Early Admission at Selective Colleges
AbstractEarly admissions is widely used by selective colleges and universities. We identify some basic facts about early admissions policies, including the admissions advantage enjoyed by early applicants and patterns in application behavior, and propose a game theoretic model that matches these facts. The key feature of the model is that colleges want to admit students who are enthusiastic about attending, and early admissions programs give students an opportunity to signal this enthusiasm.
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Bibliographic InfoPaper provided by Stanford Institute for Economic Policy Research in its series Discussion Papers with number 08-031.
Date of creation: Mar 2009
Date of revision:
Game Theory; Early Admission; Education;
Other versions of this item:
- C78 - Mathematical and Quantitative Methods - - Game Theory and Bargaining Theory - - - Bargaining Theory; Matching Theory
- D82 - Microeconomics - - Information, Knowledge, and Uncertainty - - - Asymmetric and Private Information; Mechanism Design
- I20 - Health, Education, and Welfare - - Education - - - General
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- Hector Chade & Greg Lewis & Lones Smith, 2006. "The College Admissions Problem Under Uncertainty," 2006 Meeting Papers 125, Society for Economic Dynamics.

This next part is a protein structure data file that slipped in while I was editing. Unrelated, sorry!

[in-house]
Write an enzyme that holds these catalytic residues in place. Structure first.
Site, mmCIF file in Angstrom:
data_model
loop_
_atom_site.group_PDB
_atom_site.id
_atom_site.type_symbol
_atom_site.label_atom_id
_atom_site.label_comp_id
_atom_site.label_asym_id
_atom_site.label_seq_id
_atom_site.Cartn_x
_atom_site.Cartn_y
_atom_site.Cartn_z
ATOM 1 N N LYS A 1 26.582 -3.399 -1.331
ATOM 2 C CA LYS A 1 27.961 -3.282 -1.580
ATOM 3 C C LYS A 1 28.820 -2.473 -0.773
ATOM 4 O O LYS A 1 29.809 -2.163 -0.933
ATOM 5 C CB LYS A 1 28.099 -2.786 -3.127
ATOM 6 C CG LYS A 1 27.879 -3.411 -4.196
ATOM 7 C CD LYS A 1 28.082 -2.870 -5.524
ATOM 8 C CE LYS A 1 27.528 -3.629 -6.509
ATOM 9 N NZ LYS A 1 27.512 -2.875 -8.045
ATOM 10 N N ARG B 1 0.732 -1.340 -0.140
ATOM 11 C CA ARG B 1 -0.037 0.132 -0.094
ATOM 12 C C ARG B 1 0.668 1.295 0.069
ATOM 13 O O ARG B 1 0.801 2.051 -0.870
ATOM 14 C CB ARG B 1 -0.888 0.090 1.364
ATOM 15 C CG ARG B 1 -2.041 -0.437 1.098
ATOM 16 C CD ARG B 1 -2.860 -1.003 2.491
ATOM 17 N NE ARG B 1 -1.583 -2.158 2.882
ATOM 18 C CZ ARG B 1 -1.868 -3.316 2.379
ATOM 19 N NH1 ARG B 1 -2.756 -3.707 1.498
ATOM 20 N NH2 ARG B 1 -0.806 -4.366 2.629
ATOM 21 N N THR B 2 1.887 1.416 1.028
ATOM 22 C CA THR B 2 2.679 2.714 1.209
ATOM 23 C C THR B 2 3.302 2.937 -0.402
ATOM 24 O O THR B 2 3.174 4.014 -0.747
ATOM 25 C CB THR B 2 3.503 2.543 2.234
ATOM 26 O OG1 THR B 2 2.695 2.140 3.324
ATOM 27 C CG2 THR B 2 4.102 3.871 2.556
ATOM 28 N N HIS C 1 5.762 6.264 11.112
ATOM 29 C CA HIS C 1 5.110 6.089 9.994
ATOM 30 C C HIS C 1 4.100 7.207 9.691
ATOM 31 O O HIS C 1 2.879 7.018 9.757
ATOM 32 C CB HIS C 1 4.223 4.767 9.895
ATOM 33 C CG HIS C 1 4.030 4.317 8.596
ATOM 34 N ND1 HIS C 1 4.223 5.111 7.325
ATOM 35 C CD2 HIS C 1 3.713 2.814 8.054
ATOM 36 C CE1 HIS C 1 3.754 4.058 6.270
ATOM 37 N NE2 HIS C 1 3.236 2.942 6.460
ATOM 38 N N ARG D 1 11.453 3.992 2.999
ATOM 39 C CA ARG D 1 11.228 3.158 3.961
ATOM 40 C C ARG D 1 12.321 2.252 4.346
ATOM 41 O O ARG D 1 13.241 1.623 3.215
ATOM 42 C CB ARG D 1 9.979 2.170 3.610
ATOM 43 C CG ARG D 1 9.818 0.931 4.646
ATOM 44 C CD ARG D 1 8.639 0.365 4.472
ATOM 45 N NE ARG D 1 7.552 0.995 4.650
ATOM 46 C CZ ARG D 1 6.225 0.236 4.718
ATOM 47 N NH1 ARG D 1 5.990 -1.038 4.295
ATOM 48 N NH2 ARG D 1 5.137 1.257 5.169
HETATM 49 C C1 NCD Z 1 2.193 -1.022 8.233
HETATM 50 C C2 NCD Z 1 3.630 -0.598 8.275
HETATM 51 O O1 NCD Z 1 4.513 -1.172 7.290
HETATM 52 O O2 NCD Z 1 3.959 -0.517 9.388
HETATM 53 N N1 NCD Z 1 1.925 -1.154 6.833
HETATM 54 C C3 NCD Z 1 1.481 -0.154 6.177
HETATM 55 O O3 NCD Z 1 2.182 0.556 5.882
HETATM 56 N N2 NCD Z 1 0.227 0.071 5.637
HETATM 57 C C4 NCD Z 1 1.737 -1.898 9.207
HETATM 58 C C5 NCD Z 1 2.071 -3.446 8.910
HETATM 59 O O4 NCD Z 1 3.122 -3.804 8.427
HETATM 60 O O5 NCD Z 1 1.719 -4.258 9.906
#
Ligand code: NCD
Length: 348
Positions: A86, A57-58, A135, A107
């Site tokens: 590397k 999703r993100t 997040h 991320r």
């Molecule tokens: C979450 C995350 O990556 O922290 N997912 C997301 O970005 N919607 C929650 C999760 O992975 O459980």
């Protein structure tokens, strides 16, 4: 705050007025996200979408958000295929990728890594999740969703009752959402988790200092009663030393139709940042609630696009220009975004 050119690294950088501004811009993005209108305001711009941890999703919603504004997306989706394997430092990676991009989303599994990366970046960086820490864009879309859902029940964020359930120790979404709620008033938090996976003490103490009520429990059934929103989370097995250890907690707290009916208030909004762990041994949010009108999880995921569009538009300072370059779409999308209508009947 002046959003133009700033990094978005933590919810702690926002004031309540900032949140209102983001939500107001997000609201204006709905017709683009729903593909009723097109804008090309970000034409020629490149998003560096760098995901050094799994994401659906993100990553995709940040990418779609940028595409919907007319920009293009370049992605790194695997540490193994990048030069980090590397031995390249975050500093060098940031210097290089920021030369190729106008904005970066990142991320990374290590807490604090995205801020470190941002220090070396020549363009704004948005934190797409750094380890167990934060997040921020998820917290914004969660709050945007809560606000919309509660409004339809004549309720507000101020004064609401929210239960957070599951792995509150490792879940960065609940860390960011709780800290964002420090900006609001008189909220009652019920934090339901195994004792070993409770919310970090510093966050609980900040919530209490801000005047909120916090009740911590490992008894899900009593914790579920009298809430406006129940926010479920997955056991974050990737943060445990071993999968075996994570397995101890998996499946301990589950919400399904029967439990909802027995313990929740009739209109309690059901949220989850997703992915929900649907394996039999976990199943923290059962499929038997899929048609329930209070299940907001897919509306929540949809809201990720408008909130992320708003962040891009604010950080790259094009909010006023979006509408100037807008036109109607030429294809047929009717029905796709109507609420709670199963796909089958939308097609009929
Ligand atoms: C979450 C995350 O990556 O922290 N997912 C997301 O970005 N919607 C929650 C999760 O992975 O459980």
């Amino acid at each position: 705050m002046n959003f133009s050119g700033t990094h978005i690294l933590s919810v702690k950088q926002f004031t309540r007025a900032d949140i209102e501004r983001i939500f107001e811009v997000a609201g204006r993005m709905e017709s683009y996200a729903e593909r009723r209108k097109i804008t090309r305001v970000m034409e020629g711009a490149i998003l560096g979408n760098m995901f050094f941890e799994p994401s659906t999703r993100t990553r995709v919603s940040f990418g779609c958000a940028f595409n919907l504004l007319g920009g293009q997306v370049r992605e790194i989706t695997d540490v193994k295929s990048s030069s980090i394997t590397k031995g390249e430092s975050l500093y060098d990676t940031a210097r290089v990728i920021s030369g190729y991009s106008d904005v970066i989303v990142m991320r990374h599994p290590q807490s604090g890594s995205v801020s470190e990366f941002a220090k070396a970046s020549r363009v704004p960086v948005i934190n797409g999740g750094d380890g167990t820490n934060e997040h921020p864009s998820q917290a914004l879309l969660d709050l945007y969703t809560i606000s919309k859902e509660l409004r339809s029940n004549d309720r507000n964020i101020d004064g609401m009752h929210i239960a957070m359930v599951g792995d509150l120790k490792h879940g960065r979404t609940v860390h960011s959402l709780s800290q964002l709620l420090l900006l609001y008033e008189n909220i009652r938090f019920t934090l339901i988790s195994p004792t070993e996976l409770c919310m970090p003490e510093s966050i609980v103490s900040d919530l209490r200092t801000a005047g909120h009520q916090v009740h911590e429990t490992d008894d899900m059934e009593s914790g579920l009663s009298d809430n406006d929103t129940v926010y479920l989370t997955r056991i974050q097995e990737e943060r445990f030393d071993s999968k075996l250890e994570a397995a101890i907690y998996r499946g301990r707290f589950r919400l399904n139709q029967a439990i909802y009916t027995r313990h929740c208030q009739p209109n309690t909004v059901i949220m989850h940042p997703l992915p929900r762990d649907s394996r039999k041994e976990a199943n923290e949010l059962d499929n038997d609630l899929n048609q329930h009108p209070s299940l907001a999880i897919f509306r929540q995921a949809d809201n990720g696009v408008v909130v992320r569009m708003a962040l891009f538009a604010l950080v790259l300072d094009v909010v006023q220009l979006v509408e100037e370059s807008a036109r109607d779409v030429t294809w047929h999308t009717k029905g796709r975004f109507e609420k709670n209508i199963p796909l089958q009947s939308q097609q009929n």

- Avery, Christopher & Fairbanks, Andrew & Zeckhauser, Richard, 2001. "What Worms for the Early Bird: Early Admissions at Elite Colleges," Working Paper Series rwp01-049, Harvard University, John F. Kennedy School of Government.
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- Bai, Chong-en & Chi, Wei & Xiaoye, Qian, 2013. "Do College Entrance Examination Scores Predict Undergraduate GPAs? A Tale of Two Universities," MPRA Paper 48731, University Library of Munich, Germany.
- Chao Fu, 2012. "Equilibrium Tuition, Applications, Admissions and Enrollment in the College Market," Working Papers 2012-002, Human Capital and Economic Opportunity Working Group.
- Chao Fu, 2012. "Equilibrium Tuition, Applications, Admissions and Enrollment in the College Market," PIER Working Paper Archive 12-013, Penn Institute for Economic Research, Department of Economics, University of Pennsylvania.
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